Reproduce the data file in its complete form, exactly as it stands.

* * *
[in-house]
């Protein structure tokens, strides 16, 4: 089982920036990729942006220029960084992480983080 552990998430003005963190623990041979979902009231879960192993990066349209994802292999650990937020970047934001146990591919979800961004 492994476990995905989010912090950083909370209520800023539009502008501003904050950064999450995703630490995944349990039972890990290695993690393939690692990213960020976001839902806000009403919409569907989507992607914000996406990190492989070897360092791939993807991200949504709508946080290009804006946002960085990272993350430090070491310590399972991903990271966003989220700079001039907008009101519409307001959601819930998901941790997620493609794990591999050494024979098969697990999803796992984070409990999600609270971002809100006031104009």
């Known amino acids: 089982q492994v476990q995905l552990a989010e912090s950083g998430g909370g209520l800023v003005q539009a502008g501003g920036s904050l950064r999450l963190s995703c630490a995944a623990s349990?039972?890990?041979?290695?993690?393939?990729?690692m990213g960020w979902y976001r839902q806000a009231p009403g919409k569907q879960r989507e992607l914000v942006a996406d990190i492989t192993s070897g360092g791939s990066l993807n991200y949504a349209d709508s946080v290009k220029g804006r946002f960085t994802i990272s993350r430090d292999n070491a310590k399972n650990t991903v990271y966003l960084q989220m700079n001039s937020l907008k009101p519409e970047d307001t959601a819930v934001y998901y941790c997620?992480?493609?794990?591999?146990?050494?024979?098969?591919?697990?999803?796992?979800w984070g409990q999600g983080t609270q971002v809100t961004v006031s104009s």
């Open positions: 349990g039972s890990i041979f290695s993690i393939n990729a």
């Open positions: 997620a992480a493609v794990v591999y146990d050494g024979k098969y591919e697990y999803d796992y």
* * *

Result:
[in-house]
């Protein structure tokens, strides 16, 4: 089982920036990729942006220029960084992480983080 552990998430003005963190623990041979979902009231879960192993990066349209994802292999650990937020970047934001146990591919979800961004 492994476990995905989010912090950083909370209520800023539009502008501003904050950064999450995703630490995944349990039972890990290695993690393939690692990213960020976001839902806000009403919409569907989507992607914000996406990190492989070897360092791939993807991200949504709508946080290009804006946002960085990272993350430090070491310590399972991903990271966003989220700079001039907008009101519409307001959601819930998901941790997620493609794990591999050494024979098969697990999803796992984070409990999600609270971002809100006031104009």
């Known amino acids: 089982q492994v476990q995905l552990a989010e912090s950083g998430g909370g209520l800023v003005q539009a502008g501003g920036s904050l950064r999450l963190s995703c630490a995944a623990s349990?039972?890990?041979?290695?993690?393939?990729?690692m990213g960020w979902y976001r839902q806000a009231p009403g919409k569907q879960r989507e992607l914000v942006a996406d990190i492989t192993s070897g360092g791939s990066l993807n991200y949504a349209d709508s946080v290009k220029g804006r946002f960085t994802i990272s993350r430090d292999n070491a310590k399972n650990t991903v990271y966003l960084q989220m700079n001039s937020l907008k009101p519409e970047d307001t959601a819930v934001y998901y941790c997620?992480?493609?794990?591999?146990?050494?024979?098969?591919?697990?999803?796992?979800w984070g409990q999600g983080t609270q971002v809100t961004v006031s104009s």
């Open positions: 349990g039972s890990i041979f290695s993690i393939n990729a």
């Open positions: 997620a992480a493609v794990v591999y146990d050494g024979k098969y591919e697990y999803d796992y």